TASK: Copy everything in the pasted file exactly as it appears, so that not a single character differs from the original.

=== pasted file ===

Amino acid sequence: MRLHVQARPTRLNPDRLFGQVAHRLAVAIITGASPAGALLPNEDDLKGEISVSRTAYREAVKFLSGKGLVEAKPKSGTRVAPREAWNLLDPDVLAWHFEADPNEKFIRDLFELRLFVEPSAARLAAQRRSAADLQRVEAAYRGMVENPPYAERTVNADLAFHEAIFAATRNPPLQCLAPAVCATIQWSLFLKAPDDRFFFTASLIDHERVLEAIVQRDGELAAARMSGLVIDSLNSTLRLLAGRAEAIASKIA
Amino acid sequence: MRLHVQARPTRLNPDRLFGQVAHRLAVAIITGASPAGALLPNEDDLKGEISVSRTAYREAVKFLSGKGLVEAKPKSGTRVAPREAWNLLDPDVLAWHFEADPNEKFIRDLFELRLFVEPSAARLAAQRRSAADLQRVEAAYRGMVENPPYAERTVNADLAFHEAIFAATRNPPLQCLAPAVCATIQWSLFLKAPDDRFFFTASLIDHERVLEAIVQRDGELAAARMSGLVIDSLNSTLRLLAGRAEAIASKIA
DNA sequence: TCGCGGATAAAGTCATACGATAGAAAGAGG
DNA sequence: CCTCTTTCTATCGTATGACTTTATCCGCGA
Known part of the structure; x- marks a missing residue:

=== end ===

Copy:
Amino acid sequence: MRLHVQARPTRLNPDRLFGQVAHRLAVAIITGASPAGALLPNEDDLKGEISVSRTAYREAVKFLSGKGLVEAKPKSGTRVAPREAWNLLDPDVLAWHFEADPNEKFIRDLFELRLFVEPSAARLAAQRRSAADLQRVEAAYRGMVENPPYAERTVNADLAFHEAIFAATRNPPLQCLAPAVCATIQWSLFLKAPDDRFFFTASLIDHERVLEAIVQRDGELAAARMSGLVIDSLNSTLRLLAGRAEAIASKIA
Amino acid sequence: MRLHVQARPTRLNPDRLFGQVAHRLAVAIITGASPAGALLPNEDDLKGEISVSRTAYREAVKFLSGKGLVEAKPKSGTRVAPREAWNLLDPDVLAWHFEADPNEKFIRDLFELRLFVEPSAARLAAQRRSAADLQRVEAAYRGMVENPPYAERTVNADLAFHEAIFAATRNPPLQCLAPAVCATIQWSLFLKAPDDRFFFTASLIDHERVLEAIVQRDGELAAARMSGLVIDSLNSTLRLLAGRAEAIASKIA
DNA sequence: TCGCGGATAAAGTCATACGATAGAAAGAGG
DNA sequence: CCTCTTTCTATCGTATGACTTTATCCGCGA
Known part of the structure; x- marks a missing residue: